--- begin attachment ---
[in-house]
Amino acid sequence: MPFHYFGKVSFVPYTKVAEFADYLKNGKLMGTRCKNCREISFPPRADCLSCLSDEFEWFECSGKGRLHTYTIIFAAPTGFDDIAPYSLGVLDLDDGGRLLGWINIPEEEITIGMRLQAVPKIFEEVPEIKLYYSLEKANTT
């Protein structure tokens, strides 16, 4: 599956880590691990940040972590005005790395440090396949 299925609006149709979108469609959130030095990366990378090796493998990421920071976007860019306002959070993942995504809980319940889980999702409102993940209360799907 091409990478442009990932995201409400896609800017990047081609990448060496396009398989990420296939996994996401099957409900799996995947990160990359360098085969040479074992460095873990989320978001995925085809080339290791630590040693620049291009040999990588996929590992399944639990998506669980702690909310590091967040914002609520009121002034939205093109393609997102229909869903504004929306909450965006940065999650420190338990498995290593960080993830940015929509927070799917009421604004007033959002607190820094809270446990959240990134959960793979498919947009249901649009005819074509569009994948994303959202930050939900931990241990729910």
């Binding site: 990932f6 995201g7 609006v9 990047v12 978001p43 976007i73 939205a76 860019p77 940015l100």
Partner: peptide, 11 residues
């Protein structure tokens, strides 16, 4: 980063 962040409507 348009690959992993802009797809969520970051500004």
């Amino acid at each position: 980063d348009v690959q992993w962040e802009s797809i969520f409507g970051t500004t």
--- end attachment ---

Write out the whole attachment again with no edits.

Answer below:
[in-house]
Amino acid sequence: MPFHYFGKVSFVPYTKVAEFADYLKNGKLMGTRCKNCREISFPPRADCLSCLSDEFEWFECSGKGRLHTYTIIFAAPTGFDDIAPYSLGVLDLDDGGRLLGWINIPEEEITIGMRLQAVPKIFEEVPEIKLYYSLEKANTT
């Protein structure tokens, strides 16, 4: 599956880590691990940040972590005005790395440090396949 299925609006149709979108469609959130030095990366990378090796493998990421920071976007860019306002959070993942995504809980319940889980999702409102993940209360799907 091409990478442009990932995201409400896609800017990047081609990448060496396009398989990420296939996994996401099957409900799996995947990160990359360098085969040479074992460095873990989320978001995925085809080339290791630590040693620049291009040999990588996929590992399944639990998506669980702690909310590091967040914002609520009121002034939205093109393609997102229909869903504004929306909450965006940065999650420190338990498995290593960080993830940015929509927070799917009421604004007033959002607190820094809270446990959240990134959960793979498919947009249901649009005819074509569009994948994303959202930050939900931990241990729910």
């Binding site: 990932f6 995201g7 609006v9 990047v12 978001p43 976007i73 939205a76 860019p77 940015l100």
Partner: peptide, 11 residues
């Protein structure tokens, strides 16, 4: 980063 962040409507 348009690959992993802009797809969520970051500004």
């Amino acid at each position: 980063d348009v690959q992993w962040e802009s797809i969520f409507g970051t500004t």